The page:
Fundamental mentality in a physical world
Springer Science and Business Media B.V.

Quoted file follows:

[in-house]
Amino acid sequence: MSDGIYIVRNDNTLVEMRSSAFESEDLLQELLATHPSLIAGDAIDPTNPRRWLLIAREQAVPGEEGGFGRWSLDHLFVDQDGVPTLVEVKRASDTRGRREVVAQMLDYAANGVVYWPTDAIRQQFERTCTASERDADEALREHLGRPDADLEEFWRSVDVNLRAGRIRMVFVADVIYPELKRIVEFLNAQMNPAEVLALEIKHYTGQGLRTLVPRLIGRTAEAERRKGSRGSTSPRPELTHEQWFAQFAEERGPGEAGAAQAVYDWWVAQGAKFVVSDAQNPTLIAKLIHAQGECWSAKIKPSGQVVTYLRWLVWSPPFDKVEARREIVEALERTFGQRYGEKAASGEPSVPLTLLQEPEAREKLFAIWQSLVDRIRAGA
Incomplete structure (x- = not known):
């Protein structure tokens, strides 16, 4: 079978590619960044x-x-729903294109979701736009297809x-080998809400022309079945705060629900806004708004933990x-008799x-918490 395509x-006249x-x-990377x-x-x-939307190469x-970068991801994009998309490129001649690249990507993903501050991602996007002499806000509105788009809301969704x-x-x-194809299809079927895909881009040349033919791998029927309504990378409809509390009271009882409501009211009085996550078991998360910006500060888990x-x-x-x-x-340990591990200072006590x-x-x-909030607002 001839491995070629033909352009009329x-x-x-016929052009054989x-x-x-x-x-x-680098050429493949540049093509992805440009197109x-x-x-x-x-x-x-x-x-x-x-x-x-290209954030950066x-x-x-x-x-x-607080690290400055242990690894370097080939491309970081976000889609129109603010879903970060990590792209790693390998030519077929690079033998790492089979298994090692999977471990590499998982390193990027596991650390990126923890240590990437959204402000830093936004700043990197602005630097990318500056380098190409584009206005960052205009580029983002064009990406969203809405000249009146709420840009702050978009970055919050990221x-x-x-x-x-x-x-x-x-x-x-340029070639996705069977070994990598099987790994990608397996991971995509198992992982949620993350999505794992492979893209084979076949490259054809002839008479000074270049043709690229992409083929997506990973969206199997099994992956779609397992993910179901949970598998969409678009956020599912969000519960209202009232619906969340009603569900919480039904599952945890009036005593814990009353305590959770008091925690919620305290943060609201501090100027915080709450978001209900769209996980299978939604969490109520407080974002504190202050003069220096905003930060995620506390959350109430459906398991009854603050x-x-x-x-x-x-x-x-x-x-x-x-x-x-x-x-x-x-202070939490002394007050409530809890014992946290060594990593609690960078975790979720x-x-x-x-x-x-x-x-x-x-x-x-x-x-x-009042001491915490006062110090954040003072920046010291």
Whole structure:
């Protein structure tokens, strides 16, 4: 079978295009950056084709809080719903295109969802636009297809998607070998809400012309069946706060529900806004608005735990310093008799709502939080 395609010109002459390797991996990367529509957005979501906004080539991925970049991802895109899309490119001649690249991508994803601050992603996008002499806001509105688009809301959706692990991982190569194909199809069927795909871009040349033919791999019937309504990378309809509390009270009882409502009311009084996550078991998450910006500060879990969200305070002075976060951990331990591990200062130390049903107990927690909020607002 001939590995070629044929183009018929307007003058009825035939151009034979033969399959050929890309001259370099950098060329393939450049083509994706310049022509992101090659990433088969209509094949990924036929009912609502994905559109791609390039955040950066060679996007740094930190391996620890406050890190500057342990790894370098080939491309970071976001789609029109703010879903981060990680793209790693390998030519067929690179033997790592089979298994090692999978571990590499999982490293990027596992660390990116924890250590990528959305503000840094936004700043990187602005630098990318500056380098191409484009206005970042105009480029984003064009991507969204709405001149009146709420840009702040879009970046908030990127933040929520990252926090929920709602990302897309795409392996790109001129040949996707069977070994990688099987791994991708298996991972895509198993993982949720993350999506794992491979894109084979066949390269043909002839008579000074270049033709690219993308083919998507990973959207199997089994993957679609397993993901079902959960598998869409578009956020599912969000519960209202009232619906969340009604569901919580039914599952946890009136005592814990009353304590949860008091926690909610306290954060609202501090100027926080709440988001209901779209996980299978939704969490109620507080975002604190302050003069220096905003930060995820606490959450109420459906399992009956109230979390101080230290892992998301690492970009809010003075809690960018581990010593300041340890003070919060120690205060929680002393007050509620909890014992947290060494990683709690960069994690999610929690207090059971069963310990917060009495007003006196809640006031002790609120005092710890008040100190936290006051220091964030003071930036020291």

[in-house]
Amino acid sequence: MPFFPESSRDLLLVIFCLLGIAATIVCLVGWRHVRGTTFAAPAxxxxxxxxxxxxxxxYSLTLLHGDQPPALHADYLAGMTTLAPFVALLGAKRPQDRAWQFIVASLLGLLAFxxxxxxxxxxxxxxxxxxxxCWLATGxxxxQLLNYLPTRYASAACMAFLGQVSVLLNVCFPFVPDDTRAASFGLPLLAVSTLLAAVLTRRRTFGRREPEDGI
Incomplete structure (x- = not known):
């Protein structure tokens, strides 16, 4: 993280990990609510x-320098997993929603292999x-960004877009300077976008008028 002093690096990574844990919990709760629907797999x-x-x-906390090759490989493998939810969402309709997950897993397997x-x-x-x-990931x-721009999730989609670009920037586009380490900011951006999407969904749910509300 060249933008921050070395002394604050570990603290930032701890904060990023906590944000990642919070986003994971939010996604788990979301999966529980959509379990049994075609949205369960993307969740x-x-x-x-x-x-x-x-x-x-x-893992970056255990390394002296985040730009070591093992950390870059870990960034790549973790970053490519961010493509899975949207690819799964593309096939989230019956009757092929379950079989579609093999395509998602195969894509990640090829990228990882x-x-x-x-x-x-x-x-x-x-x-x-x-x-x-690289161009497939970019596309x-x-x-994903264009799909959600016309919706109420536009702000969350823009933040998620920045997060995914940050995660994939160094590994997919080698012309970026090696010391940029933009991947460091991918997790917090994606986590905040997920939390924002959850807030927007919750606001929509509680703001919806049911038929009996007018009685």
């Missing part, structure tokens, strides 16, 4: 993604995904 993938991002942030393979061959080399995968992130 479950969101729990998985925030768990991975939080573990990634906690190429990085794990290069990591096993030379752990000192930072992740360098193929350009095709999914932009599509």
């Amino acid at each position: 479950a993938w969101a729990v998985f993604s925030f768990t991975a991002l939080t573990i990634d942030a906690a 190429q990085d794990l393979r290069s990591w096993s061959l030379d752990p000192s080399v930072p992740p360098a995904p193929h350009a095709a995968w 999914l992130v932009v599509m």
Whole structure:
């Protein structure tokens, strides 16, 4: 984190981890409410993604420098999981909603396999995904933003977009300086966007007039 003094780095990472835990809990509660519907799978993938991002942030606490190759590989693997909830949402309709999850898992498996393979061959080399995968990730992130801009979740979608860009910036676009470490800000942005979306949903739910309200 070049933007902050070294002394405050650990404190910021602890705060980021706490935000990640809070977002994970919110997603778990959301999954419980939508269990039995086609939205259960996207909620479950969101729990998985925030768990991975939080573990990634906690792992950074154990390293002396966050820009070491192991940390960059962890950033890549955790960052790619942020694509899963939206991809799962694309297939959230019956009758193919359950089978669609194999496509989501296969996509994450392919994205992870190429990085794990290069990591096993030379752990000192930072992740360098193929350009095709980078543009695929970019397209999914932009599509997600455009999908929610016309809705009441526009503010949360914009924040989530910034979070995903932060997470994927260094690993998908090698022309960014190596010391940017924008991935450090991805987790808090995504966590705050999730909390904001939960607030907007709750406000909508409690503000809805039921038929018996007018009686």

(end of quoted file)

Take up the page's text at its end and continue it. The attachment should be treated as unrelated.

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Regardless of whatever else physicalism requires, nearly all philosophers agree that physicalism cannot be true in a world which contains fundamental mentality. I challenge this widely held attitude, and describe a world which is plausibly all-physical, yet which may contain fundamental mentality. This is a world in which priority monism is true—which is the view that the whole of the cosmos is fundamental, with dependence relations directed from the whole to the parts—and which contains only a single mental system, like a brain or computer. Because some properties of the whole are fundamental under priority monism, it follows that that the mental properties of a cosmos-encompassing brain or computer system may be fundamental in a priority monist world. Yet such a world need not contain anything physically unacceptable: the mental properties of the cosmos-encompassing brain or computer can be characterized in a physicalism-friendly functionalist or identity-theoretic way. Thus, as I see it, physicalism need not be false in such a world. This constitutes a challenge to those who hold the view that physicalism is inconsistent with the existence of fundamental mentality.